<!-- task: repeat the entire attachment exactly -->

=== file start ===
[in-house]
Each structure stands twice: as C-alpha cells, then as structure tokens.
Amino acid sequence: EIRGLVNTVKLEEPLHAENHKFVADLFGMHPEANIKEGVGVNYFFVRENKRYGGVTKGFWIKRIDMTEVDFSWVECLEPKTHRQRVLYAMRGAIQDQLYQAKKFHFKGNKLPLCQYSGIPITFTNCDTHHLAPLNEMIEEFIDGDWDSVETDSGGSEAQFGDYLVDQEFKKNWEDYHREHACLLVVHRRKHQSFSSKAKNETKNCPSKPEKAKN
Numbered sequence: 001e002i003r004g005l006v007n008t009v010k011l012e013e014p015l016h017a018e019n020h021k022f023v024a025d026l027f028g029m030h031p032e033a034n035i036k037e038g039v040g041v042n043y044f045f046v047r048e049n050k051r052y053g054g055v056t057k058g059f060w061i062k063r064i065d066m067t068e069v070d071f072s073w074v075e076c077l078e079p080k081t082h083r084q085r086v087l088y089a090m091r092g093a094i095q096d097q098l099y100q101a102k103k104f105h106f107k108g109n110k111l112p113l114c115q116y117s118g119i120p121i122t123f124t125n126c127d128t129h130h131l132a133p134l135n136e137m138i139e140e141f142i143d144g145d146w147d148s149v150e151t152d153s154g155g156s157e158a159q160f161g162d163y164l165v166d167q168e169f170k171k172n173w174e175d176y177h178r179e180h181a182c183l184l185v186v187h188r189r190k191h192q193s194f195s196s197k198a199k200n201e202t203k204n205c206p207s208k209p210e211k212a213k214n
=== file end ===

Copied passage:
[in-house]
Each structure stands twice: as C-alpha cells, then as structure tokens.
Amino acid sequence: EIRGLVNTVKLEEPLHAENHKFVADLFGMHPEANIKEGVGVNYFFVRENKRYGGVTKGFWIKRIDMTEVDFSWVECLEPKTHRQRVLYAMRGAIQDQLYQAKKFHFKGNKLPLCQYSGIPITFTNCDTHHLAPLNEMIEEFIDGDWDSVETDSGGSEAQFGDYLVDQEFKKNWEDYHREHACLLVVHRRKHQSFSSKAKNETKNCPSKPEKAKN
Numbered sequence: 001e002i003r004g005l006v007n008t009v010k011l012e013e014p015l016h017a018e019n020h021k022f023v024a025d026l027f028g029m030h031p032e033a034n035i036k037e038g039v040g041v042n043y044f045f046v047r048e049n050k051r052y053g054g055v056t057k058g059f060w061i062k063r064i065d066m067t068e069v070d071f072s073w074v075e076c077l078e079p080k081t082h083r084q085r086v087l088y089a090m091r092g093a094i095q096d097q098l099y100q101a102k103k104f105h106f107k108g109n110k111l112p113l114c115q116y117s118g119i120p121i122t123f124t125n126c127d128t129h130h131l132a133p134l135n136e137m138i139e140e141f142i143d144g145d146w147d148s149v150e151t152d153s154g155g156s157e158a159q160f161g162d163y164l165v166d167q168e169f170k171k172n173w174e175d176y177h178r179e180h181a182c183l184l185v186v187h188r189r190k191h192q193s194f195s196s197k198a199k200n201e202t203k204n205c206p207s208k209p210e211k212a213k214n